“The truth conquers!”
That gleeful statement comes from Harold Cabunoc, the Army lieutenant colonel on a special mission to convince the public that lumad in a Davao church sanctuary and their protectors are members of the Communist Party of the Philippines and the New People’s Army.
On Twitter, he crows, “the truth hurts!” while announcing the impending release of recordings of conversations between military brass and UN Special Rapporteur on Internally Displaced Peoples Cheloka Beyani. The release of the recordings came after journalists questioned a press release from the military’s Eastern Mindanao Command.
Its headline screamed: “LUMADS IN HARAN ARE MANIPULATED: Not Evacuees but victims of trafficking.” Its lede said: “Members of Indigenous People (IP) inside the compound of United Church of Christ of the Philippines (UCCP) in Haran, Davao City are manipulated, not evacuees but victims of trafficking.”
The AFP attributes that claim to Beyani, who visited the Philippines last month and talked with more than 700 lumad housed in the Haran compound of the United Church of Christ in the Philippines. Beyani’s official end-of-mission statement was vastly differently from the military’s release so some journalists wrote to the UN official’s office to verify facts.
Three journalists who joined Cabunoc in Davao came out with stories that repeated the military line. dzRH’s Bing Formento has a youtube video with a similar headline, barely anything on Beyani and a lot of interviews with pro-military lumad.
I do not question the interviews with the other lumad datus. But I asked Bing, a colleague in a former workplace, if he was present during the briefing, or had seen or heard any recording that substantiated the story.
It was a pretty convoluted conversation. In the end, he admitted not having listened or seen any recording before doing his story. Some journos asked how he could use Beyani without counter-checking. Bing said he interviewed with other datus, which hardly answered the question. (We’ve invited Cabunoc to present the datus for interviews.)
Bing, the head of the defense beat press corps, then said on my Facebook thread:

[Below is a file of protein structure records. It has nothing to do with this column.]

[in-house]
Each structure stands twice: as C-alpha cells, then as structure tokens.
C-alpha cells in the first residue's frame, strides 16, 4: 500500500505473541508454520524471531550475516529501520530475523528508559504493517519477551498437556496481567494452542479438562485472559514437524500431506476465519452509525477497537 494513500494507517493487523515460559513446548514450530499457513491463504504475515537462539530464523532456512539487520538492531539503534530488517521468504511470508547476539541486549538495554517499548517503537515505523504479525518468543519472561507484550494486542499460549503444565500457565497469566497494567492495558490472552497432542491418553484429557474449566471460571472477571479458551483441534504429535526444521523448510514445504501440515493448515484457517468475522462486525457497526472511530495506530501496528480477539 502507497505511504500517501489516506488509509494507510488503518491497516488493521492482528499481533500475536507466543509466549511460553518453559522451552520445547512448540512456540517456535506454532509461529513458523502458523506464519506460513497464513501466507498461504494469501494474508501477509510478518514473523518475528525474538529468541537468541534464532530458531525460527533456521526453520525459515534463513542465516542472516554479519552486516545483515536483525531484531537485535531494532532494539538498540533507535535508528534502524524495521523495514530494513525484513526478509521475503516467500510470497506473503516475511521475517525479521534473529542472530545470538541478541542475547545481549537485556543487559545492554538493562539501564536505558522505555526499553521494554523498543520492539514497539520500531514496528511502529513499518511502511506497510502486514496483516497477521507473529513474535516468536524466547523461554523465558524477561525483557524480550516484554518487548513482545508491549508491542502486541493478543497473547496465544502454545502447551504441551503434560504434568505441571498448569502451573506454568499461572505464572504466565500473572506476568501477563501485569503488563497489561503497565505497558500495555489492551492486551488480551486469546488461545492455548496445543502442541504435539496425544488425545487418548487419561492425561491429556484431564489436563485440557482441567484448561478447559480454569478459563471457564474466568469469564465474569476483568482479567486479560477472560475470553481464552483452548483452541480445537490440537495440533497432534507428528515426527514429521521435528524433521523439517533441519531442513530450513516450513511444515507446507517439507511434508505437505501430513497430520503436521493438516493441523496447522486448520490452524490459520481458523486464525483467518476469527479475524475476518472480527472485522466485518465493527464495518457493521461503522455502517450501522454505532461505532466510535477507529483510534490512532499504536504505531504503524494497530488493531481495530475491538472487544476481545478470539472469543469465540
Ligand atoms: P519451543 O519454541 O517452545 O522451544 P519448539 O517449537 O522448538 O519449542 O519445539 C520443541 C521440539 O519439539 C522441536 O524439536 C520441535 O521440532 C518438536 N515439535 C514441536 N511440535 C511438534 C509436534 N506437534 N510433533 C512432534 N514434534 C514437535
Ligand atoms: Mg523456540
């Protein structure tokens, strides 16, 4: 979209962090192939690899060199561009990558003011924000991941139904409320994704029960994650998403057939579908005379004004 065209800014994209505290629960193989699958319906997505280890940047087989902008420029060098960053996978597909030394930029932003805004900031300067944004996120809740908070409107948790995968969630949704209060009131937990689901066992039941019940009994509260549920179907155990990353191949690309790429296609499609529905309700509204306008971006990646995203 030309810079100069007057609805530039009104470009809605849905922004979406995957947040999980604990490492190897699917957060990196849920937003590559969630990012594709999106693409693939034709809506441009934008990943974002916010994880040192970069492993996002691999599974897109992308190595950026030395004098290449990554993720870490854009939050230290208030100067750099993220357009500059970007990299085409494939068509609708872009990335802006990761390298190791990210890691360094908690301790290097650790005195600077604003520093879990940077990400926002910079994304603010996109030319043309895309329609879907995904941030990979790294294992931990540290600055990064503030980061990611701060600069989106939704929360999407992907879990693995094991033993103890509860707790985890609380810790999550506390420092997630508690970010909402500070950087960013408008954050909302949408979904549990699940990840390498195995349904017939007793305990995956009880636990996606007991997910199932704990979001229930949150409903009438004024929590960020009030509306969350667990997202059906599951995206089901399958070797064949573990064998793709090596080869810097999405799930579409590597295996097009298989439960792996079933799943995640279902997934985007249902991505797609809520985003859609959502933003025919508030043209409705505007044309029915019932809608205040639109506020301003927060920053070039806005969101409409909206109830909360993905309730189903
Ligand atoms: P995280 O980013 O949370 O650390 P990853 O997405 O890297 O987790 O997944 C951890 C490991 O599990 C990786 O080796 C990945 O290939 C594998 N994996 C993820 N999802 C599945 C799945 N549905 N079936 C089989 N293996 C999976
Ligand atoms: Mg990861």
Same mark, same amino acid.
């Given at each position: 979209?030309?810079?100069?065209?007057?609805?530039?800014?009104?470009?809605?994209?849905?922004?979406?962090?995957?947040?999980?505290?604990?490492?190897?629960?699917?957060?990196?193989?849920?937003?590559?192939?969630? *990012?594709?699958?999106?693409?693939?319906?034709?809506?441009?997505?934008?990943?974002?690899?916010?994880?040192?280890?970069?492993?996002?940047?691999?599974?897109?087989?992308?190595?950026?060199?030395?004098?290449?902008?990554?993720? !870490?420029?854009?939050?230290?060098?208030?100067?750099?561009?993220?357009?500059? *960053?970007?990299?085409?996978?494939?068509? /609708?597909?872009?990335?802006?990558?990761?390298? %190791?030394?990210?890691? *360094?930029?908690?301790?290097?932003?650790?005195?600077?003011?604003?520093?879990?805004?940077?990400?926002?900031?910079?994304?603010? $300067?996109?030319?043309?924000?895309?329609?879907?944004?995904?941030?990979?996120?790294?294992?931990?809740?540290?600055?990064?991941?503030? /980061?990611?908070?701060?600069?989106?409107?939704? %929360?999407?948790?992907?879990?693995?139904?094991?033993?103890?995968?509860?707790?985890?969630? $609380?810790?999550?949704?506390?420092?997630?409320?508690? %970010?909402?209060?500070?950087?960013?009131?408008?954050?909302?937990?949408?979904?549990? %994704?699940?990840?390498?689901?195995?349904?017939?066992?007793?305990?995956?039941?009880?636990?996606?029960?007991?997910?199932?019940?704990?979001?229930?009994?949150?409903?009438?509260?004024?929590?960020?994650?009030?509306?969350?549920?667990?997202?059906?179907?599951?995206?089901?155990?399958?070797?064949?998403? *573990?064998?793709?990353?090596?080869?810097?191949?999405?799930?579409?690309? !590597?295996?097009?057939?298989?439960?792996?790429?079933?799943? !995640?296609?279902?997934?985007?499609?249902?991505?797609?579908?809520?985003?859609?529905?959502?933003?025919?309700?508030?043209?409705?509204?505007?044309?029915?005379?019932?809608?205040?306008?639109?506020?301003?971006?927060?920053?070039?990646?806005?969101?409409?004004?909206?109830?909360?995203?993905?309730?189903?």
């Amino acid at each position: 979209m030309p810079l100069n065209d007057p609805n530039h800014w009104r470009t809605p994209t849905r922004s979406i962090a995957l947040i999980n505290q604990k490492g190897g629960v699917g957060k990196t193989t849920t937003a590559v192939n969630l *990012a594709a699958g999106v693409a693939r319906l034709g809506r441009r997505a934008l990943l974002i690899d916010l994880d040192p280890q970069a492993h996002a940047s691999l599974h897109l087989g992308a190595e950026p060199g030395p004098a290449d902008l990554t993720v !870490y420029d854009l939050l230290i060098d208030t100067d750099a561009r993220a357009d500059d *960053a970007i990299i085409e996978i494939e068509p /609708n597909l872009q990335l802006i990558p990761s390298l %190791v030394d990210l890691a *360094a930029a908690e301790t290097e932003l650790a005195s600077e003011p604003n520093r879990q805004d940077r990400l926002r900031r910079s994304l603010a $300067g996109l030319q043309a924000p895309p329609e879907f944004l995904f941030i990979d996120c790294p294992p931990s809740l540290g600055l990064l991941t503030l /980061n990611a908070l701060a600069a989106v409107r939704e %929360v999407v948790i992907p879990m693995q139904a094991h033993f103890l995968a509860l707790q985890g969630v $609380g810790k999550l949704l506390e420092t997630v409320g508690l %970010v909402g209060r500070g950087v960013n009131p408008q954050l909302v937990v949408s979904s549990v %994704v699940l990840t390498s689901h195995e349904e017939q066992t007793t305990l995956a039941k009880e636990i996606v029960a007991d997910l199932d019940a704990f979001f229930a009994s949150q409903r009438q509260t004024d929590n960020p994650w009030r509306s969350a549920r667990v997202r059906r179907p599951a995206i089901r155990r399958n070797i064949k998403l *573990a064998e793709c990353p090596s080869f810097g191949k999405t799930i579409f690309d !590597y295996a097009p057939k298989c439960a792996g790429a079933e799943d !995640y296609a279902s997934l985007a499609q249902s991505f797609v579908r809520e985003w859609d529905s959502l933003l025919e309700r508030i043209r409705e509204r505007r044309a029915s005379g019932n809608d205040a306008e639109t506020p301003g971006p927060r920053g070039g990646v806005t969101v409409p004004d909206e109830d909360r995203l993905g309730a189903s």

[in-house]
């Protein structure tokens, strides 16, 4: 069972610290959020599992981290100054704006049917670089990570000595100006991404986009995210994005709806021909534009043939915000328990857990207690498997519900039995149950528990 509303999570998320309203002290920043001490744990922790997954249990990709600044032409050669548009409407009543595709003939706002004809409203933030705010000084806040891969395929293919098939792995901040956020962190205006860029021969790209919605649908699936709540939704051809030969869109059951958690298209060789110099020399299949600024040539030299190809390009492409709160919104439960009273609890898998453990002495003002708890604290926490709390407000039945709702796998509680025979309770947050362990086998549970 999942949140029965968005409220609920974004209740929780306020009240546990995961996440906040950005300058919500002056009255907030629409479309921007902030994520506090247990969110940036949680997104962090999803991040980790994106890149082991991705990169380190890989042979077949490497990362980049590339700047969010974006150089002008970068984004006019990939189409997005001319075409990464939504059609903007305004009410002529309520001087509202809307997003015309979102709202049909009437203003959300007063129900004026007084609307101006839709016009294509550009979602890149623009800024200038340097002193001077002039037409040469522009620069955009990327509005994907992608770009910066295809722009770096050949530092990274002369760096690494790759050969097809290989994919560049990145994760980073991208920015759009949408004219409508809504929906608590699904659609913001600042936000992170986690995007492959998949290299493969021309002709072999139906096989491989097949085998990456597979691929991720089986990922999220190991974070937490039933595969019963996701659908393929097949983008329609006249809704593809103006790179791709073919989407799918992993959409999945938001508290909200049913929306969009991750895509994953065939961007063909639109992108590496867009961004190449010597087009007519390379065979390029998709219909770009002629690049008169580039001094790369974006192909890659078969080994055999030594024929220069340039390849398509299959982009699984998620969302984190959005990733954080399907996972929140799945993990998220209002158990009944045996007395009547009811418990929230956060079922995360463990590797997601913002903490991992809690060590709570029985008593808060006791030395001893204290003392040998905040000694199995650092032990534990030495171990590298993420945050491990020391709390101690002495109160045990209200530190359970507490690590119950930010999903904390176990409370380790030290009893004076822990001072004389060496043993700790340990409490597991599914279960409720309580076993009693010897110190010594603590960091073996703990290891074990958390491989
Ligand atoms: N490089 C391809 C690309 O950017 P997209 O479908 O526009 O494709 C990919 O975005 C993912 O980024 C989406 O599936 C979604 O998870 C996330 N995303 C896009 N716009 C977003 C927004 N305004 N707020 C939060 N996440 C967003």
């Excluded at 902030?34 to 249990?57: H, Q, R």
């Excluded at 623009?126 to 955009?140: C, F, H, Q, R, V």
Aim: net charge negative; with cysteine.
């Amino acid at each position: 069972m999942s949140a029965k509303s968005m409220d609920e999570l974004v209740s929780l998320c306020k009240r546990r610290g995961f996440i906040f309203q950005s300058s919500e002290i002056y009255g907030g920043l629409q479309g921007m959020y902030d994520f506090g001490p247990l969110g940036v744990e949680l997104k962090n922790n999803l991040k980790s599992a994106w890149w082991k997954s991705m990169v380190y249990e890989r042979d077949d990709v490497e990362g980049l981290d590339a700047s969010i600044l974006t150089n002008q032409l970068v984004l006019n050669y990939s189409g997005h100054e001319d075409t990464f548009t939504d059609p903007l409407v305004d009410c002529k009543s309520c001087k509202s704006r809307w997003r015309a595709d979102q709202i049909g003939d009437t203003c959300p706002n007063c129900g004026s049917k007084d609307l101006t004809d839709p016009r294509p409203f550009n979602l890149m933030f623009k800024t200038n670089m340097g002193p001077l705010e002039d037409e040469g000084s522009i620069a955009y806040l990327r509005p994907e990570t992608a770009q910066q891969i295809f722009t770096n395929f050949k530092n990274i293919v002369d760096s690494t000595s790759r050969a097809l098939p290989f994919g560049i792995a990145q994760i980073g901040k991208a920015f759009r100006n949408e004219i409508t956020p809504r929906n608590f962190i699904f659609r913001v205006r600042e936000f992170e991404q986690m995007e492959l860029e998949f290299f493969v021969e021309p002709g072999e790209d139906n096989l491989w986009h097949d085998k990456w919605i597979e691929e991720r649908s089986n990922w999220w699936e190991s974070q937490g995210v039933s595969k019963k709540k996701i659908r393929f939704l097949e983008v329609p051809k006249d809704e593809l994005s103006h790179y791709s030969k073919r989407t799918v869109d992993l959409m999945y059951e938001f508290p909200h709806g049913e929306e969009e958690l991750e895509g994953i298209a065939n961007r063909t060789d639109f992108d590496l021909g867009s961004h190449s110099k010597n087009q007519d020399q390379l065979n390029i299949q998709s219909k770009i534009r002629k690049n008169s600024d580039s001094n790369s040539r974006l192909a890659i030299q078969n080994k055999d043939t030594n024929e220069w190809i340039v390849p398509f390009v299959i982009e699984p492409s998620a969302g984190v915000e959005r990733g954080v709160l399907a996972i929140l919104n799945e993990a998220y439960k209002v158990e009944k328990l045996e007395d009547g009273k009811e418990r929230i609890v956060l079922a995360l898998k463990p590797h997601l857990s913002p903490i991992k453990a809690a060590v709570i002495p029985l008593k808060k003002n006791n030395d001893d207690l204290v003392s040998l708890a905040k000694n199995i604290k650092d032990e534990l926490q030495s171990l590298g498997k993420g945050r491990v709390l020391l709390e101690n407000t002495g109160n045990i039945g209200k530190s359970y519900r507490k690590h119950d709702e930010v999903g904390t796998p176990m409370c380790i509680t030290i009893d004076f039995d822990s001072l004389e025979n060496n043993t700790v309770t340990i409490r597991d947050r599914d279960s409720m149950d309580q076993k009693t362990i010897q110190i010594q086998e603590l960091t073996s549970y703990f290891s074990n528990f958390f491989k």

Bing Formento ·”Sino ba ang tutulungan natin ang gobyerno natin o ang mga teroristang NPA”
Bing Formento · “For me kasi inday mas credible na dapat tulungan ang ating gobyerno. Kita naman natin na ayaw ng NPA magkaroon ng development sa area na ginagalawan nila. Kung may mga abusadong militar madali namang maireport dahil may mga pangalan at kampo maituturo para sila managot sa batas. Sa NPA pag umabuso saan ka magrereklamo?”
That prompted journalists and rights workers to ask if he was a reporter or a PR agent for the AFP – which claims the lumad protectors are NDF/NPA. His reply:
Bing Formento · Well hindi ko itinatago ang sarili ko and I am happy and proud to be the mouthpiece of AFP to report the truth.
“The truth.” That’s a big phrase. Beyani response: “Gross misrepresentation.”
It’s Cabunoc, however, who should bear the brunt for any embarrassment faced by the AFP – and the Philippine government — for this stunt.
The EastMinCom issued the release. Cabunoc led the social media charge as befits a man on a special mission.
Did the the AFP break protocol in leaking the conversation with Beyani? Only the UN office can answer that. The leak does show the truth. It shows the public that the AFP did deleted substantial and critical portions of Beyani’s statements.
Beyani was respectful and accepting of the lumad plaints. He actually refutes the AFP line by stressing that he had walked in unannounced and was allowed random interviews. READ: UN special rapporteur’s office hits AFP for ‘gross misrepresentation’
The deleted portions show who did the manipulation. Beyani notes the police who stormed Haran on July 23 to “rescue” the “trafficked” lumad were given the wrong information.
The AFP also conveniently leaves out the identity of the person who peddles the wrong information: Rep. Nancy Catamco.
The lumad have accused Catamco of manipulation, the very reason a respected female chieftain heaped scorn on her in a very public scolding right after the botched “rescue”. READ: Fiery Chieftain takes down Catamco
Beyani actually gives the AFP advice that they’ve heard from church workers to the lumad themselves: Send neutral negotiators. Ask the lumad what they want. Listen to them. Try to find a meeting ground and set conditions for their eventual return.
Sounds like Palparan
Obviously, Cabunoc is doing the opposite by sticking to the same Catamco game plan. He wants to force the issue, the very thing Beyani warned against.
Worse, Cabunoc is beginning to sound like Jovito Palparan, the hero of Gloria Macapagal-Arroyo facing charges of murdering legal activists.
He sent a video by the lumad ally, Save Our Schools network, saying it was proof of NDF NPA teaching. The children of Talaingod were singing about the need to defend their land, the forests, their ancestral homes. They were learning about the pernicious effects of big-time logging.